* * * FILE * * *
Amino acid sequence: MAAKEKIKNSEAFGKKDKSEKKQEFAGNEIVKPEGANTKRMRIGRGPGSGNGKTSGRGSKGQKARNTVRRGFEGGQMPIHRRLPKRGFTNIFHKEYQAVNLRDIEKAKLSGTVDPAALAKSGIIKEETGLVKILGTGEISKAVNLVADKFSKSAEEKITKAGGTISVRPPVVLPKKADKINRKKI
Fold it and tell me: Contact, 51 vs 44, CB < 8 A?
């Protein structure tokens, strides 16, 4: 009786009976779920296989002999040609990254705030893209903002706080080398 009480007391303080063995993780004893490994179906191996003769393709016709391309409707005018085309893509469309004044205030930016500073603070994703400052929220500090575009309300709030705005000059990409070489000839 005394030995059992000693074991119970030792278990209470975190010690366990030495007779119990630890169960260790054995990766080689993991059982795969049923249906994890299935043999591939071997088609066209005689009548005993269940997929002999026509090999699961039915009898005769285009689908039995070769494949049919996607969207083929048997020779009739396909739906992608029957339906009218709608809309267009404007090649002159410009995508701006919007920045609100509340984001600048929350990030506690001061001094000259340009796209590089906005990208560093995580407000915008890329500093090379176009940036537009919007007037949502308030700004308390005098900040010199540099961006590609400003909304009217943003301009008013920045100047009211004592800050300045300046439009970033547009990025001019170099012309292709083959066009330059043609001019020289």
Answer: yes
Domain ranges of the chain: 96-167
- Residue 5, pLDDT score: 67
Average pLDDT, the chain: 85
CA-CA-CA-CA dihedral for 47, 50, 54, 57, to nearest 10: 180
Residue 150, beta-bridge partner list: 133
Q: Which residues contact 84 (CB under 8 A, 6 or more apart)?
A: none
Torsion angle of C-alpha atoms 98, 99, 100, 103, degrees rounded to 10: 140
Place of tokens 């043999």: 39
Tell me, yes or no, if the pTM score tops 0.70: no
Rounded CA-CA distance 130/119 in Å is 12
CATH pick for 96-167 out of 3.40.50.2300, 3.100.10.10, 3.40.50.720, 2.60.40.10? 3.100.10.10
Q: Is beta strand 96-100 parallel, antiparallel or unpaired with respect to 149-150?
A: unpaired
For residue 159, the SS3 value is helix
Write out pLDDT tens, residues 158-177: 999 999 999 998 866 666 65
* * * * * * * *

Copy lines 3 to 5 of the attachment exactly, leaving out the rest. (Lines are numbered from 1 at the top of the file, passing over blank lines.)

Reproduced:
């Protein structure tokens, strides 16, 4: 009786009976779920296989002999040609990254705030893209903002706080080398 009480007391303080063995993780004893490994179906191996003769393709016709391309409707005018085309893509469309004044205030930016500073603070994703400052929220500090575009309300709030705005000059990409070489000839 005394030995059992000693074991119970030792278990209470975190010690366990030495007779119990630890169960260790054995990766080689993991059982795969049923249906994890299935043999591939071997088609066209005689009548005993269940997929002999026509090999699961039915009898005769285009689908039995070769494949049919996607969207083929048997020779009739396909739906992608029957339906009218709608809309267009404007090649002159410009995508701006919007920045609100509340984001600048929350990030506690001061001094000259340009796209590089906005990208560093995580407000915008890329500093090379176009940036537009919007007037949502308030700004308390005098900040010199540099961006590609400003909304009217943003301009008013920045100047009211004592800050300045300046439009970033547009990025001019170099012309292709083959066009330059043609001019020289």
Answer: yes
Domain ranges of the chain: 96-167